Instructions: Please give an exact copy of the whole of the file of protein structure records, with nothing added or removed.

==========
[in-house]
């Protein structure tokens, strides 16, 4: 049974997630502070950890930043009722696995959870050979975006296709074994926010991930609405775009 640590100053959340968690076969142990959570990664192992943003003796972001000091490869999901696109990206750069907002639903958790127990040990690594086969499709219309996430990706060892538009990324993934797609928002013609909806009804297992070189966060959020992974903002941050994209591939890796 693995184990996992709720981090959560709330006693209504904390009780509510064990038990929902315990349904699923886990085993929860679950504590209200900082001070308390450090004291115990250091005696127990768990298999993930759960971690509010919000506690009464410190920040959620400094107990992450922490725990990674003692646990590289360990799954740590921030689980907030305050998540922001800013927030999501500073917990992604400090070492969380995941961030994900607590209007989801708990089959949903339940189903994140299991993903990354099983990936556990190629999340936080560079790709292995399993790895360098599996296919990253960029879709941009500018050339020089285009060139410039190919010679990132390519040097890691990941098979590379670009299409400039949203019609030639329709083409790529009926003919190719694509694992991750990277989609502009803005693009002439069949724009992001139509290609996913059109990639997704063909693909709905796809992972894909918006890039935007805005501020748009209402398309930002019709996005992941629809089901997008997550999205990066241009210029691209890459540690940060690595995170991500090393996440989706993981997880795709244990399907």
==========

[in-house]
């Protein structure tokens, strides 16, 4: 049974997630502070950890930043009722696995959870050979975006296709074994926010991930609405775009 640590100053959340968690076969142990959570990664192992943003003796972001000091490869999901696109990206750069907002639903958790127990040990690594086969499709219309996430990706060892538009990324993934797609928002013609909806009804297992070189966060959020992974903002941050994209591939890796 693995184990996992709720981090959560709330006693209504904390009780509510064990038990929902315990349904699923886990085993929860679950504590209200900082001070308390450090004291115990250091005696127990768990298999993930759960971690509010919000506690009464410190920040959620400094107990992450922490725990990674003692646990590289360990799954740590921030689980907030305050998540922001800013927030999501500073917990992604400090070492969380995941961030994900607590209007989801708990089959949903339940189903994140299991993903990354099983990936556990190629999340936080560079790709292995399993790895360098599996296919990253960029879709941009500018050339020089285009060139410039190919010679990132390519040097890691990941098979590379670009299409400039949203019609030639329709083409790529009926003919190719694509694992991750990277989609502009803005693009002439069949724009992001139509290609996913059109990639997704063909693909709905796809992972894909918006890039935007805005501020748009209402398309930002019709996005992941629809089901997008997550999205990066241009210029691209890459540690940060690595995170991500090393996440989706993981997880795709244990399907």